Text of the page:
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Sri Lanka History


During the last one million years, when humans are known to have existed in various parts of India, Sri Lanka was connected to the sub-continent on numerous occasions. The rise and fall of sea level (due to cold/warm fluctuations in the global climate) determined the periodicities of these connections, the last separation having occurred at ca. 7000 BP. There is secure evidence of settlements in Sri Lanka by 130,000 years ago, probably by 300,000 BP and possibly by 500,000 BP or earlier.

Five centuries before Christ, Sri Lanka was a land throbbing with vitality and a well-ordered civilization. Cities, palaces, reservoirs, parks, temples, monasteries, monuments and works of art bore testament to the character, imagination, culture, philosophy and faith of the people of Sri Lanka, the Resplendent Land. Vestiges of this ancient civilization are abundantly extant today.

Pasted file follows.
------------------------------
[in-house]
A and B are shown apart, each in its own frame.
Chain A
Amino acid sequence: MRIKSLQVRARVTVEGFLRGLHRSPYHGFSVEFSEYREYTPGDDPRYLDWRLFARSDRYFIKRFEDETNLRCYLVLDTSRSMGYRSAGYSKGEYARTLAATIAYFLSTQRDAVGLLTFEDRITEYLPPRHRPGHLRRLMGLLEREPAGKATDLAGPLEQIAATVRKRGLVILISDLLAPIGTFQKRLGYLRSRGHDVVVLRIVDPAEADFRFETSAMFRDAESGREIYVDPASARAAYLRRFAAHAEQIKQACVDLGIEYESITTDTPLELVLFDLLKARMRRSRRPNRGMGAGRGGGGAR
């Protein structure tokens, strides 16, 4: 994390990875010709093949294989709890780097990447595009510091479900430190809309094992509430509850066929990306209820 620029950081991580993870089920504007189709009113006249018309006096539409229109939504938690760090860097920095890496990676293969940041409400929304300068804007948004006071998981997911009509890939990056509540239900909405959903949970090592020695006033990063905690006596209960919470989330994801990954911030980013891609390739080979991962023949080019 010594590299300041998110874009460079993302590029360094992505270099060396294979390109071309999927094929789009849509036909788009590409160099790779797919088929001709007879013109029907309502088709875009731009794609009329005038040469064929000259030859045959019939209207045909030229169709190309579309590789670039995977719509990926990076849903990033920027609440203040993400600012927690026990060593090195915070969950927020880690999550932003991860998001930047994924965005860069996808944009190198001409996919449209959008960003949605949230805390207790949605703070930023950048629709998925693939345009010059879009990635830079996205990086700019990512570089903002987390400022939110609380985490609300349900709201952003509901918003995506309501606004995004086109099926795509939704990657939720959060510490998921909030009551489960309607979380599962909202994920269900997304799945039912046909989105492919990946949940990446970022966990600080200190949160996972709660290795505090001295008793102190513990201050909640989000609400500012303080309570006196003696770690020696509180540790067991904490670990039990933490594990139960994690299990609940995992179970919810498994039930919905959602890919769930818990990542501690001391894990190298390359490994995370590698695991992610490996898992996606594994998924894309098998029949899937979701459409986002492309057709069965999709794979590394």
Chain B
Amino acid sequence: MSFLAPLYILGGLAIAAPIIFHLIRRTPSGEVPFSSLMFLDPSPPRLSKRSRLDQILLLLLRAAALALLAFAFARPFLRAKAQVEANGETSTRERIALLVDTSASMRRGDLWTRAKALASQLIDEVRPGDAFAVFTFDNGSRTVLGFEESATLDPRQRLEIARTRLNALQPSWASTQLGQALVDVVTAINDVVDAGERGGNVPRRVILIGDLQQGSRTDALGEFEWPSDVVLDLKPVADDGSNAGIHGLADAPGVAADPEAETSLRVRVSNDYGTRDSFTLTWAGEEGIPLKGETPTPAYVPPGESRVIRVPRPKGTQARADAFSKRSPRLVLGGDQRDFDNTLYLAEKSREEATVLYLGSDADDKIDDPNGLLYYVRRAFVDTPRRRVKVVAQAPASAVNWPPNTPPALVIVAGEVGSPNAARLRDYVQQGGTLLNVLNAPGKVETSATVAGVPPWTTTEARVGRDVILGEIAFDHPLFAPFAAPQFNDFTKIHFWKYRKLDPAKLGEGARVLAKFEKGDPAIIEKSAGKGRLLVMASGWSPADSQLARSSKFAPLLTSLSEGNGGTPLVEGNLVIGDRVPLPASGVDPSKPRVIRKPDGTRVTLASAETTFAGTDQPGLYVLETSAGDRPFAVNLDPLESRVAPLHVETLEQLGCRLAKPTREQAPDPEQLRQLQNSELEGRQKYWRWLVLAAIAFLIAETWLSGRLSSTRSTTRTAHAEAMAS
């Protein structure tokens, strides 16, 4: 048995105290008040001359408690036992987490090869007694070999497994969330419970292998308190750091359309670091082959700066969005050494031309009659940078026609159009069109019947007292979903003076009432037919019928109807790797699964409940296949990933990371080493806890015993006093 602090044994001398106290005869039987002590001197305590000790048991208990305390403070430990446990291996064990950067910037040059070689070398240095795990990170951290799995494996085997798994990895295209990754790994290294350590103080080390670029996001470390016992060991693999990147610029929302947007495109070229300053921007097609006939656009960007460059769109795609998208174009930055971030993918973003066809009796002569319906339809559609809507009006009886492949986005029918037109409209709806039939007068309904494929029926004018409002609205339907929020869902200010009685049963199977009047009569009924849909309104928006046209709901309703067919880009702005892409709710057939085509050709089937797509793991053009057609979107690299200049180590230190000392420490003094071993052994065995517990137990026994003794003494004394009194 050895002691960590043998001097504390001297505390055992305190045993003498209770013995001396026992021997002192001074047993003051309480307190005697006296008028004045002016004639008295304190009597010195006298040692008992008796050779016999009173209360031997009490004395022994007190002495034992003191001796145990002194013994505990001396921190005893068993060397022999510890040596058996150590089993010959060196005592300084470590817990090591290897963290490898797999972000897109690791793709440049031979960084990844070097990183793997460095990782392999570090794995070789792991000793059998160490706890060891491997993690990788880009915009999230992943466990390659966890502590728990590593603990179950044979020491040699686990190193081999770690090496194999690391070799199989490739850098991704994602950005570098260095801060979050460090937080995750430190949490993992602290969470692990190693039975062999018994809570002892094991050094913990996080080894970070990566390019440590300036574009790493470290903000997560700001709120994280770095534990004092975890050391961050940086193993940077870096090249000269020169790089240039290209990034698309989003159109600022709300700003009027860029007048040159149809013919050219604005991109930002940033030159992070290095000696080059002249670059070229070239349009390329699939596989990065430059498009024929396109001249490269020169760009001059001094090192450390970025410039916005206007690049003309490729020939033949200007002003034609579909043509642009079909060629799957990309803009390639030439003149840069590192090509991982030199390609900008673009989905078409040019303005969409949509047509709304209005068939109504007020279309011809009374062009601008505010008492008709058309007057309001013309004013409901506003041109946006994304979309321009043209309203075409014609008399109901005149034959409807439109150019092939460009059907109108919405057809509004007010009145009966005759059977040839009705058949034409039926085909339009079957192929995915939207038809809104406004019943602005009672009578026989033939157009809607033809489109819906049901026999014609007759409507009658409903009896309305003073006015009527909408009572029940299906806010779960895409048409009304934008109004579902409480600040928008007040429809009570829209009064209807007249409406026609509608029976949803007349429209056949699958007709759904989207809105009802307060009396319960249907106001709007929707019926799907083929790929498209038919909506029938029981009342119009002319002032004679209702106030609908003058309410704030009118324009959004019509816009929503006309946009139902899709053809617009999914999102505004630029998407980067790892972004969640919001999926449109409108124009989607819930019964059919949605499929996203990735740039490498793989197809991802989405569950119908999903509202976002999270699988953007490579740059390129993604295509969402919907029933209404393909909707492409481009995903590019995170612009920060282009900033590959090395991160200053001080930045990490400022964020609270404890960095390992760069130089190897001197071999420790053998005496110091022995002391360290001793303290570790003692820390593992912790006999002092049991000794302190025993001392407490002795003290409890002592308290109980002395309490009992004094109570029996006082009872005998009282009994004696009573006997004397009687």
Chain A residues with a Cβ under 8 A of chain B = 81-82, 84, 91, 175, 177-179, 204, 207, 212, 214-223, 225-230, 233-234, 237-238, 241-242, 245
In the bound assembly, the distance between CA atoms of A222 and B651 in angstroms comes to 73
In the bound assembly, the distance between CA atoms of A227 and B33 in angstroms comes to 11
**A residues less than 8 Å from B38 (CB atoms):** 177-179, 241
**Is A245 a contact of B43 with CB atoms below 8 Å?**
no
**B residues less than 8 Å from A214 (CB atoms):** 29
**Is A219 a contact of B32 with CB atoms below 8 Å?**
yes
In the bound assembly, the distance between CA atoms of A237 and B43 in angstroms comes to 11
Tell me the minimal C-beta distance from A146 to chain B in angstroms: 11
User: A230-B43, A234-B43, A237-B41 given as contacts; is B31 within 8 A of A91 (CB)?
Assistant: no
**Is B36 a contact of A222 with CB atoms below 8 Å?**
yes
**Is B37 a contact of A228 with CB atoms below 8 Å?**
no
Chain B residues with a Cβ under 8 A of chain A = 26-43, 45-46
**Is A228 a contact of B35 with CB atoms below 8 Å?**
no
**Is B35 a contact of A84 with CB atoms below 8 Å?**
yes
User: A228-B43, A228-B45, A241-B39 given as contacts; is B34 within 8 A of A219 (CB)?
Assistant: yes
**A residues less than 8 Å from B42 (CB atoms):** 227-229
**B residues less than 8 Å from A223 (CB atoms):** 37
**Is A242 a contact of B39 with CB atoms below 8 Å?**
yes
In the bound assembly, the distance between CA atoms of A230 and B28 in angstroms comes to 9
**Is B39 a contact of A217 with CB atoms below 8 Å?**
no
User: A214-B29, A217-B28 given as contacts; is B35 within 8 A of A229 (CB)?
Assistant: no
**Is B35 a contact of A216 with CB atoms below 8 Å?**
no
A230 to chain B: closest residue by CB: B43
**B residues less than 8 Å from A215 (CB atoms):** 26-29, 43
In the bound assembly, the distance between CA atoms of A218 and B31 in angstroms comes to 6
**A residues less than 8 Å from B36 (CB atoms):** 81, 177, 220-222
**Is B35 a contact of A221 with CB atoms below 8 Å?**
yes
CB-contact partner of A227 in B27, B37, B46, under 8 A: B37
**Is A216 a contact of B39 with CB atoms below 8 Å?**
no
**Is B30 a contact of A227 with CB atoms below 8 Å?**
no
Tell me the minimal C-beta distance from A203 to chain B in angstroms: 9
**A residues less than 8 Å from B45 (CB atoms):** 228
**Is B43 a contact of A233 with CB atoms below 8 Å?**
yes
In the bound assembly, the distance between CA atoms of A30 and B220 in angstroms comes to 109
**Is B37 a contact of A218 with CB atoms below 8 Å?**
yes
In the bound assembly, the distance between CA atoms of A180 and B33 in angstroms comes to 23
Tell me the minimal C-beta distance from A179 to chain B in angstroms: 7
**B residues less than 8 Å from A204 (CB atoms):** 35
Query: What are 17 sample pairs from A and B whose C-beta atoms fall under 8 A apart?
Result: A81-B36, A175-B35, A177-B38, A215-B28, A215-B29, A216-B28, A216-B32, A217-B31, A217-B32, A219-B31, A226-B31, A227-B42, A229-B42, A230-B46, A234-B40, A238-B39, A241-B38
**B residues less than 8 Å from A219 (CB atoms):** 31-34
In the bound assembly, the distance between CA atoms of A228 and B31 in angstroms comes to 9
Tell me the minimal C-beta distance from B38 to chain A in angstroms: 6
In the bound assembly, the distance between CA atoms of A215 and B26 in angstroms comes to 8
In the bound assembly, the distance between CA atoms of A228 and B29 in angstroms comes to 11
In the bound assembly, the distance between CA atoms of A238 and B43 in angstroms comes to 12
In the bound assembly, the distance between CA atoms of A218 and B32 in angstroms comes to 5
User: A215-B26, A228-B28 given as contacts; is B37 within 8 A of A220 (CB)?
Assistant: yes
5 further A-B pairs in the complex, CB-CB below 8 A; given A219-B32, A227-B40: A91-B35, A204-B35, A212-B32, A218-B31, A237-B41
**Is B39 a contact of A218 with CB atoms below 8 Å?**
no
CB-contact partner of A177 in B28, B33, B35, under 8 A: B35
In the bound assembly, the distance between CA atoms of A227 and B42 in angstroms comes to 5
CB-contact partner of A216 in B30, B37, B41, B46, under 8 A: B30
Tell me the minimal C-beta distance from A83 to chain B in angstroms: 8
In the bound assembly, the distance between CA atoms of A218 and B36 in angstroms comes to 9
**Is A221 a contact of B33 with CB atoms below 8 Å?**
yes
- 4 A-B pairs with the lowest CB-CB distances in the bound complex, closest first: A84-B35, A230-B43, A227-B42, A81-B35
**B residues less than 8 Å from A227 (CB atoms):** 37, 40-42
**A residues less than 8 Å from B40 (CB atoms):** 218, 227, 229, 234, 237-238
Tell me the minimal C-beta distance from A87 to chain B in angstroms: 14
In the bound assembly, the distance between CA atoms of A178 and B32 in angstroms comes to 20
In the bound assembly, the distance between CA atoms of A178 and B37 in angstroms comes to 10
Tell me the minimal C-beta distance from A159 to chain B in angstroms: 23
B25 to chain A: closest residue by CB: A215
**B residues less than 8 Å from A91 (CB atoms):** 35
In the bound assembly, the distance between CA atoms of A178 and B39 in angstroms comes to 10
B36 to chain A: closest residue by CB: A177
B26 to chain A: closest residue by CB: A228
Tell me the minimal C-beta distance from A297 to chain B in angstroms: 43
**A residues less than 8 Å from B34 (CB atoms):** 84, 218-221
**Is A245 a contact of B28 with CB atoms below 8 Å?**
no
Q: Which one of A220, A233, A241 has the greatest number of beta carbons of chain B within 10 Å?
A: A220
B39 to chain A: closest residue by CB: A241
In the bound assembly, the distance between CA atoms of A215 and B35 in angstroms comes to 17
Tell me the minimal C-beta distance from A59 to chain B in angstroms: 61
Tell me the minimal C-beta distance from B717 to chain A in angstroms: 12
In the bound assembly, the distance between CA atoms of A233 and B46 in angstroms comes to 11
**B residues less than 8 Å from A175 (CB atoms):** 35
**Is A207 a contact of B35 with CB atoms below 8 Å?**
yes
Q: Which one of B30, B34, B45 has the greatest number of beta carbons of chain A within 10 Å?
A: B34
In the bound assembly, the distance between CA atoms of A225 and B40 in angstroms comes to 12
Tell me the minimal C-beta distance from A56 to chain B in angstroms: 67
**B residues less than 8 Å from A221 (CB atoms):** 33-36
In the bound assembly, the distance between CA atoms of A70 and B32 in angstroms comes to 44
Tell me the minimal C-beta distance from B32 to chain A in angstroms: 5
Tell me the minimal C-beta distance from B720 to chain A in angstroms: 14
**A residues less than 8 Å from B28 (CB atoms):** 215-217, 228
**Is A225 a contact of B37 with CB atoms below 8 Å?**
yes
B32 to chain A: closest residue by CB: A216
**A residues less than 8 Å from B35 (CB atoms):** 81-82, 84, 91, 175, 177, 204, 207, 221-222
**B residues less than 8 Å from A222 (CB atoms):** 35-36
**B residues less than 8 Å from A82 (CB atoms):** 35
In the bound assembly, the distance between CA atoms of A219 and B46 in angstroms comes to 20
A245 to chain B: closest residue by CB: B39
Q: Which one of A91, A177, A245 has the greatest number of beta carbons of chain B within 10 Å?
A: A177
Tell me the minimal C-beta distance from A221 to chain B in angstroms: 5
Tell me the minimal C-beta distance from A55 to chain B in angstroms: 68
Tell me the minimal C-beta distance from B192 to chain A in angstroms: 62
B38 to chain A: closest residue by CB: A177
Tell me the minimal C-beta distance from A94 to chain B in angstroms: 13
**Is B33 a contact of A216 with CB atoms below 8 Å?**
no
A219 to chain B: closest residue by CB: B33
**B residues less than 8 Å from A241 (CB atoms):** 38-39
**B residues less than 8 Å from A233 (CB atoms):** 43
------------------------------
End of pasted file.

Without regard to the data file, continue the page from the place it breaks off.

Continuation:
The first major legendary reference to the island is found in the great Indian epic, the Ramayana, thought to have been written around 500 B.C. The Ramayana tells of the conquest of Lanka in 3000 B.C. by Rama, an incarnation of the Hindu god Vishnu. Rama's quest to save his abducted wife, Sita, from Ravanna, the demon god of Lanka, is, according to some scholars, a poetic account of the early southward expansion of Brahmanic civilization.